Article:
|by Diana Jewell|
The Problem? The destruction of the environment; the growing gap between rich and poor within and between nations; the growing power of transnational corporations (TNCs) and financial markets. The list could be longer, but whatever can be accomplished by consensus can be accomplished by using the Simultaneous Policy tool.
The Solution: Re-regulate and tax global capital markets and TNCs. Re-distribute tax to the poor within and between nations, thereby also allowing for convergence to higher environmental standards. Raise global environmental standards for TNCs. Impose resource taxes. Institute monetary reform. Any solutions you deemed possible, but could not find the political will to institute, might be attained through the tool of Simultaneous Policy (SP).
The Barriers to Implementing these Solutions: Any nation or group of nations trying to implement solutions would suffer capital and corporate flight because these policies would increase the costs of business and lower their profits. The result would be devaluation, inflation and unemployment. Such unilateral action would, in short, render any nation uncompetitive in the global market.
The global free movement of capital/TNCs is therefore a vicious circle which cannot be broken by any single nation or single group of nations. Until it's broken, world problems can only get worse.
Simultaneous Policy is a tool that can get the job done, but it will take some work to spread the idea and build the consensus.
The Effects of these barriers on politicians and NGOs: No political party would ever adopt any of the above "solutions"; or, if they did, they would be mild and ineffectual. The one exception is the Canadian Action Party (CAP), fairly new on the scene, and led by experienced parlamentarian, the Honourable Paul Hellyer. CAP is the first Canadian party to adopt SP.
Citizens' support for the measures of SP typically evaporates when they find it means job losses. NGOs find they cannot greatly influence policy because their "solutions" would harm competitiveness and cost jobs.
This is why, in the current system, all political parties, NGOs and electorates effectively submit to the narrow parameters of international competitiveness. All parties, when in power, end up following much the same market- and corporate-friendly policies.
This is pseudo-democracy. Unless we remove these barriers, the implementation of meaningful solutions is impossible.
How can we remove the barriers?
We need two things. First, we need a secure basis for international co-operation. Second, we need a process for achieving it.
The basis is the implementation of the above solutions by all nations, simultaneously. That is, the necessary solutions -- together known as the "Simultaneous Policy" -- is first adopted in principle, but is only implemented when all (or a sufficient number) of nations do likewise. On that basis, no one -- politicians, corporations or citizens -- has anything to lose or to fear. TNCs need not fear uncompetitiveness. Politicians need not fear losing votes. Citizens need not fear for their jobs.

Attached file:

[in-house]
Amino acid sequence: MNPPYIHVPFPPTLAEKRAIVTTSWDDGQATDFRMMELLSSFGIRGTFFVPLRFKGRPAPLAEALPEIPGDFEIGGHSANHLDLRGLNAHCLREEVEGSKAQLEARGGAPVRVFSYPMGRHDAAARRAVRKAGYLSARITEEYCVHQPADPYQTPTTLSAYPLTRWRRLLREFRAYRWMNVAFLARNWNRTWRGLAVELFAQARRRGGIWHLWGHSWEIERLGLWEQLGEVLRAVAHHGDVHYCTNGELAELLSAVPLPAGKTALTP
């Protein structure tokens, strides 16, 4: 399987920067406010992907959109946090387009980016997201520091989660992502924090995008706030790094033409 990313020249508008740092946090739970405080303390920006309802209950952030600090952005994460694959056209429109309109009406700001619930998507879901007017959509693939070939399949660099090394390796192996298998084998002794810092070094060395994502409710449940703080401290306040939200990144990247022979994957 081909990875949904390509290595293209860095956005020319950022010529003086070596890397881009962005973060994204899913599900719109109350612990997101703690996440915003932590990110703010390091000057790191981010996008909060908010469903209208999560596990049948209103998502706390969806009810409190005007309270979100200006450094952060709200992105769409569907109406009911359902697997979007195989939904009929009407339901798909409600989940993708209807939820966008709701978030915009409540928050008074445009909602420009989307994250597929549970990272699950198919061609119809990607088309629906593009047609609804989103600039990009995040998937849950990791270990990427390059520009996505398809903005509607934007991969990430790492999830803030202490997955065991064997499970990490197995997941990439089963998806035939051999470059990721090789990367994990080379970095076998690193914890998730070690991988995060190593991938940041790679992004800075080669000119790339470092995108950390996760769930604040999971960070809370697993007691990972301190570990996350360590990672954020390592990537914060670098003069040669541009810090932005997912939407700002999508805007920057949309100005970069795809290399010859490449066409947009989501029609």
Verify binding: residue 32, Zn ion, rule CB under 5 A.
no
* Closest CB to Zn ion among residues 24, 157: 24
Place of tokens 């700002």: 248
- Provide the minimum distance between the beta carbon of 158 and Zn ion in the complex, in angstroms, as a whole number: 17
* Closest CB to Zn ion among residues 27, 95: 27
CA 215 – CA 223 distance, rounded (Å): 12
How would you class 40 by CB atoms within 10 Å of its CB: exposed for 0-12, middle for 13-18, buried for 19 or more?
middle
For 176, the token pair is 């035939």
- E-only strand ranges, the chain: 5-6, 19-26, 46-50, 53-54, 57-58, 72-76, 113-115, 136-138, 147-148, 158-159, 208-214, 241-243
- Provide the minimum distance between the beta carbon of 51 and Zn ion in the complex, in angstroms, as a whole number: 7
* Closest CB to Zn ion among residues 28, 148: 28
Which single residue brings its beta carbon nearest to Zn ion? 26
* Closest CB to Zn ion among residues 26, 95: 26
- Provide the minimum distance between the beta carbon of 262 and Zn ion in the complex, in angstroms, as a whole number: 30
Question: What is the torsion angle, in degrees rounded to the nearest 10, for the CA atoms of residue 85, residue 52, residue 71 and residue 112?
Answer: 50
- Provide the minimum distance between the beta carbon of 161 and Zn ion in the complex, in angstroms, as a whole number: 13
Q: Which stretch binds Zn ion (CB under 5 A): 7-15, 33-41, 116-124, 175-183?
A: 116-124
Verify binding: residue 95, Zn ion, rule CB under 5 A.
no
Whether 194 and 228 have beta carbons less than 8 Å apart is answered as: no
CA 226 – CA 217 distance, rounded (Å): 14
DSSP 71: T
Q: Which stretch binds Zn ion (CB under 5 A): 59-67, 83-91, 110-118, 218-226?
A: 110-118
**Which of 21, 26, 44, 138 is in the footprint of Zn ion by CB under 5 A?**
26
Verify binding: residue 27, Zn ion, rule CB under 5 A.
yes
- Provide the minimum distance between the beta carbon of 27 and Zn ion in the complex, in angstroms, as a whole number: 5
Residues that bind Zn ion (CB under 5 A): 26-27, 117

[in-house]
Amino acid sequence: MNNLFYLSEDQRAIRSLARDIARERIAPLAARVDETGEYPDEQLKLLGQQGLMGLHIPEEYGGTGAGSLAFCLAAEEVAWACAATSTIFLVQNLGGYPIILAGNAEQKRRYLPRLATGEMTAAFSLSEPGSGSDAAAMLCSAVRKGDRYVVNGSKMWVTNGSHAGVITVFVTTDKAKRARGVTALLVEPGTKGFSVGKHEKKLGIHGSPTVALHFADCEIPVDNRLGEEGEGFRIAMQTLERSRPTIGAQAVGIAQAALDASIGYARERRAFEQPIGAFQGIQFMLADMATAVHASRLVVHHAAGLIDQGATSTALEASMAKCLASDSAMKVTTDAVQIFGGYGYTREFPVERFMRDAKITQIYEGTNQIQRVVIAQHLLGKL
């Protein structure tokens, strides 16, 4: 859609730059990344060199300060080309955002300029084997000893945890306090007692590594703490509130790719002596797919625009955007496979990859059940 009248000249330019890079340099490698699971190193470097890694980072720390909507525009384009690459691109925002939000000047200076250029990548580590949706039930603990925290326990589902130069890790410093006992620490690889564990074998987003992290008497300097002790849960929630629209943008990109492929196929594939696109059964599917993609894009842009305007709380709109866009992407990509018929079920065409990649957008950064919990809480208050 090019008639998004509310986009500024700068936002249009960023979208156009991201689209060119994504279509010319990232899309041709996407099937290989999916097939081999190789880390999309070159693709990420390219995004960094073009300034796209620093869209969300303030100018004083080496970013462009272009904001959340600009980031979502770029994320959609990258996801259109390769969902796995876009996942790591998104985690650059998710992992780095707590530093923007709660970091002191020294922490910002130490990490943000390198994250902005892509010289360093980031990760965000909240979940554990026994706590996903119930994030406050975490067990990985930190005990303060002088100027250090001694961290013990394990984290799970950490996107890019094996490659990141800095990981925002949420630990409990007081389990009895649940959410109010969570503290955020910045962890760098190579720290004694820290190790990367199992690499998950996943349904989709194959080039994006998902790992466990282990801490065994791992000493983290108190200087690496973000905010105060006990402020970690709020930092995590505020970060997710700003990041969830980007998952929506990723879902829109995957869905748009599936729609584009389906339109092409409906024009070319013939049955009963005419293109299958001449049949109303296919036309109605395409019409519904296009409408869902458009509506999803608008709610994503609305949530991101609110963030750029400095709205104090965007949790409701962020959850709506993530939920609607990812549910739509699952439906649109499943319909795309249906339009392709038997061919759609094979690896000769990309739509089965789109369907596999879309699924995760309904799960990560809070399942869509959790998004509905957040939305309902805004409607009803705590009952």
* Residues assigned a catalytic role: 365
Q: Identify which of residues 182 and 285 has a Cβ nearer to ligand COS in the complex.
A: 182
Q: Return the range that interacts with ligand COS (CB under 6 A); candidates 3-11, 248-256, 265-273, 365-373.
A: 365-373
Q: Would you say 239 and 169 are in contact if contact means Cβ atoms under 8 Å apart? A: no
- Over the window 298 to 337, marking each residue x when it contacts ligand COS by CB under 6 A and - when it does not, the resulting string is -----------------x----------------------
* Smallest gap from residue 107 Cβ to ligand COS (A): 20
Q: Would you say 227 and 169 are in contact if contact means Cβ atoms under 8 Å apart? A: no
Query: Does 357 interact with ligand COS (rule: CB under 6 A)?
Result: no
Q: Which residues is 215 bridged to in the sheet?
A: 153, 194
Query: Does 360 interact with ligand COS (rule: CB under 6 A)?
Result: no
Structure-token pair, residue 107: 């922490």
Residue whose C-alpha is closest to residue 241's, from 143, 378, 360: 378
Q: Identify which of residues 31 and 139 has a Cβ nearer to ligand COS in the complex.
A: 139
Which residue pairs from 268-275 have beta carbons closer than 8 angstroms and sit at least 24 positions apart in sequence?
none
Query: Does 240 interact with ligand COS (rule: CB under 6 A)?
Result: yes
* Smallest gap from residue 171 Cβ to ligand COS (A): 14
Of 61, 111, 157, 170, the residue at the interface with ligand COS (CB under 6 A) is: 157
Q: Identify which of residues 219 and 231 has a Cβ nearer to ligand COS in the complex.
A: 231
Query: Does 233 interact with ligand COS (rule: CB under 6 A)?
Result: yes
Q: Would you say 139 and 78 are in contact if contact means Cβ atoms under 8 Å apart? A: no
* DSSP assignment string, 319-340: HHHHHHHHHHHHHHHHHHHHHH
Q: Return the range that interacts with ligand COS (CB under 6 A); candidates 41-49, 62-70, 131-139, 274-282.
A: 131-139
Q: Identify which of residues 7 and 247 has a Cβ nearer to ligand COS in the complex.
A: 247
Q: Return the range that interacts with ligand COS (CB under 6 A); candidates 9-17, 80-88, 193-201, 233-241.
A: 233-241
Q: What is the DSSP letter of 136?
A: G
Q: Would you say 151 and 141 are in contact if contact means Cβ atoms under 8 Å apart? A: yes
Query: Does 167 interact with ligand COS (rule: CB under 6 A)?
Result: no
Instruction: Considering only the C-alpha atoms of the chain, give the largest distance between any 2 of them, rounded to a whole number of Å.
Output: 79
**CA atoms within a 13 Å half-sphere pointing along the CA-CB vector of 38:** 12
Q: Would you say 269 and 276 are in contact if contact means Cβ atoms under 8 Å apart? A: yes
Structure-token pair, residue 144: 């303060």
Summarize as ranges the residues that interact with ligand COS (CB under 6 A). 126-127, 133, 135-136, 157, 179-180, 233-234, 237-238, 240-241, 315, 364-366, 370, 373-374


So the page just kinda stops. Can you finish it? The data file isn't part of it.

The process for achieving success is to educate yourself and others. You are personally invited to join with other citizens, in this country and around the world, to adopt Simultaneous Policy. Urge others, including groups and organizations, to become aware of and to adopt SP. In adopting SP, you will pledge to support, within reason, those politicians and political parties who also adopt SP. Your adoption of SP will also give you a voice in formulating the precise policy measures to be supported by SP.
Elections are being decided on ever-fewer numbers of votes. As more and more of us adopt SP, politicians who fail to do so will come to realise that their seats will be lost to those who do adopt SP.
Join us in turning pseudo-democracy into genuine democracy by adopting SP today. There is no cost, you may cancel at any time, and it's complementary to any other campaign or action in which you are involved. What better use could you make of your vote?
Visit the website http://www.simpol.org and connect with other SP adopters around the world. Then pass this message to your friends, fellow campaigners, trade unions, etc. At the very least, visit the site and see what others are saying about SP. Address questions to firstname.lastname@example.org .
Editor's note: We strongly believe in SP and have therefore adopted it. We recommend that you give strong consideration to doing likewise - and to being instrumental in helping it grow.
Jewell is Co-ordinator for the Canadian chapter of SP. She can be reached